Getting Started


For the purposes of this document, the implementation of Zope Page Templates provided by Chameleon working together with will simply be referred to as “page templates” or abbreviated to “ZPT.”


This package allows developing Nikola templates using Chameleon. Chameleon is a fast implementation of the Zope Page Templates specification. Unlike template systems such as Jinja2 or Mako, page templates are designed to be valid (X)HTML and may be edited in HTML editors. It’s even possible to use visual design tools to produce pages that are then relatively easily turned into page templates; sometimes it’s even possible to edit those templates again in the same visual design tool.

Component Architecture

Page templates can be much more than that, though. When combined with the Zope component architecture (ZCA), they can be designed to be extensible and flexible in a way that the simple template inheritance schemes of other template systems cannot match. This package is designed to embrace that, making it possible to create and extend templates and themes very easily.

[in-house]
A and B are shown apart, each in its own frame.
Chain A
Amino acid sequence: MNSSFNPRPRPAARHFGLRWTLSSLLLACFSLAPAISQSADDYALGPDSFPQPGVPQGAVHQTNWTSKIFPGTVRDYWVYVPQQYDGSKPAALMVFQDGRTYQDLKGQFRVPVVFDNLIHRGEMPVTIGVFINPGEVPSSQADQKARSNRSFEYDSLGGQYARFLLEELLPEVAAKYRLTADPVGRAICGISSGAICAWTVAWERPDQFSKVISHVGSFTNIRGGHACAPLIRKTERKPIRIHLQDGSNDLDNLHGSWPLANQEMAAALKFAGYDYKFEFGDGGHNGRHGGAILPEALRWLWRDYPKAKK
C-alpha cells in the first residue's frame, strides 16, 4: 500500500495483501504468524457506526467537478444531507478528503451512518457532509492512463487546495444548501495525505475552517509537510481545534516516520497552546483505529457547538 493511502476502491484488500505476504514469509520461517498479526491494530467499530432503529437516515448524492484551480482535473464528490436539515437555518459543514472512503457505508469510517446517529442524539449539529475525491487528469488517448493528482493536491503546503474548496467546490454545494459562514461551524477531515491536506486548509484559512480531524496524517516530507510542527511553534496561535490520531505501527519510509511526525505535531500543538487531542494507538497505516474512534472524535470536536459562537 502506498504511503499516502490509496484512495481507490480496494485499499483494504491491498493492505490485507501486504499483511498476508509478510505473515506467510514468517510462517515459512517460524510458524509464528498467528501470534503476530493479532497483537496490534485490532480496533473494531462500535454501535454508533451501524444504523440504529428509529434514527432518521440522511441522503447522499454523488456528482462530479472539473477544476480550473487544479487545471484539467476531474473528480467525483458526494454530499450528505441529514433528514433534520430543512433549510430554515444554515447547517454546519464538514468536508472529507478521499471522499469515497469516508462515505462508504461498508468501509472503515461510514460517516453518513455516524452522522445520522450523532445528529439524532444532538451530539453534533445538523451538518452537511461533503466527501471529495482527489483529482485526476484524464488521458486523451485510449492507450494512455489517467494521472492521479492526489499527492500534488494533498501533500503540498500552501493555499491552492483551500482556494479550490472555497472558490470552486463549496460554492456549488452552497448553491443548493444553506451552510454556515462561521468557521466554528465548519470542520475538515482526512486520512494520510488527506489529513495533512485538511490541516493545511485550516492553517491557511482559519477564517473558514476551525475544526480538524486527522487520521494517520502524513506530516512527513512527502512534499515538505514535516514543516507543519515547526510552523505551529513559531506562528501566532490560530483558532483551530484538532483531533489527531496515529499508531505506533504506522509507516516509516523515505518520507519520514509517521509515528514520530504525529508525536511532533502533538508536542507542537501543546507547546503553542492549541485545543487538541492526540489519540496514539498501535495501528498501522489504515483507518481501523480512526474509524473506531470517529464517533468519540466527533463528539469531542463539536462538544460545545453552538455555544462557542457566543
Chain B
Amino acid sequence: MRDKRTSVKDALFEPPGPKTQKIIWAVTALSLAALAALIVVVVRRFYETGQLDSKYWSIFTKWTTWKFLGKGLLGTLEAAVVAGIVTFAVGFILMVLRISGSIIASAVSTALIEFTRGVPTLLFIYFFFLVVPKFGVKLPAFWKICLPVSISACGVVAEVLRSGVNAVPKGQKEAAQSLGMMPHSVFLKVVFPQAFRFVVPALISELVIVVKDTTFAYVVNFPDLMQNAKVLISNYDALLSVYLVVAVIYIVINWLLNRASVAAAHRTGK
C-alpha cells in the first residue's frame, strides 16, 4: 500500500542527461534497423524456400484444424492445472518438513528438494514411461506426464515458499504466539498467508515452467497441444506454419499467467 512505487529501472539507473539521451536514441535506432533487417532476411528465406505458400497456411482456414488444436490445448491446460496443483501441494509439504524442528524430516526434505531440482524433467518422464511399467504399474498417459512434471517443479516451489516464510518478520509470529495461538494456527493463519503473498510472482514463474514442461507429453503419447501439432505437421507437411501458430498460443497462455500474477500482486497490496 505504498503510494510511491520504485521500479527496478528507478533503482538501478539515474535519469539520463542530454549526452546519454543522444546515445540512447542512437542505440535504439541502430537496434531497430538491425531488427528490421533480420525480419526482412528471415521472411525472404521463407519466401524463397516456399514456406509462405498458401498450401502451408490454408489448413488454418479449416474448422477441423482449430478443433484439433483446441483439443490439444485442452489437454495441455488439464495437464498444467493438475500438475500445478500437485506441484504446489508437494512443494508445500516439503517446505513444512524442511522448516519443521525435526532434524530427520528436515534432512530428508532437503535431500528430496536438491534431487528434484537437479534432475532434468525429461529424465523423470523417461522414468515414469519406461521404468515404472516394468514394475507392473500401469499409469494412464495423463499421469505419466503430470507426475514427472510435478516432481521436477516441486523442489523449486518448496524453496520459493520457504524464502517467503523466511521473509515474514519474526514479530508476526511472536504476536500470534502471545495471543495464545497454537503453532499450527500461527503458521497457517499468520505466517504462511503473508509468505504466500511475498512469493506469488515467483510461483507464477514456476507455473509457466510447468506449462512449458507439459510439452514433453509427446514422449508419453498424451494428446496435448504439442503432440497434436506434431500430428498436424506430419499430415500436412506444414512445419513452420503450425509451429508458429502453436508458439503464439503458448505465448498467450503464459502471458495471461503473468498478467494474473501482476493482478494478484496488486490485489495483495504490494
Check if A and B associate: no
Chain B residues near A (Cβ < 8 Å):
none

Although we believe the component architecture can be used to make themes flexible and make changing and customizing them through inheritance or configuration easier, you are not required to use these features if you don’t want to. You can build an entire theme just based on the files in the templates directory and the Chameleon load: expression.

For a discussion of how the ZCA can be leveraged in your themes, see Leveraging the Component Architecture.


To create templates with this package, you’ll need a basic understanding of the following:

It may be helpful to understand object traversal, similar to what can be used in the Pyramid web framework.

We use zope.traversing to implement traversal, and provide several “path adapters” and views to make traversal in path expressions more convenient. For more information on those helpers, see Path Helpers.

Macros and Viewlets

Most templates will also make use of macros, and many will also use viewlets. We’ll discuss how each of these can be used to develop flexible templates in Using Macros and Using Viewlets, respectively. Complete examples using these techniques can be found in base-chameleon, and its extension using bootstrap3, bootstrap3-chameleon.

Template Variables

Your templates will have access to all of the template variables Nikola defines. These are made available in the options dictionary, one of the standard names available to page templates. The context standard name is often a Nikola post object (or other Nikola object), and the context-specific template variables are available through it.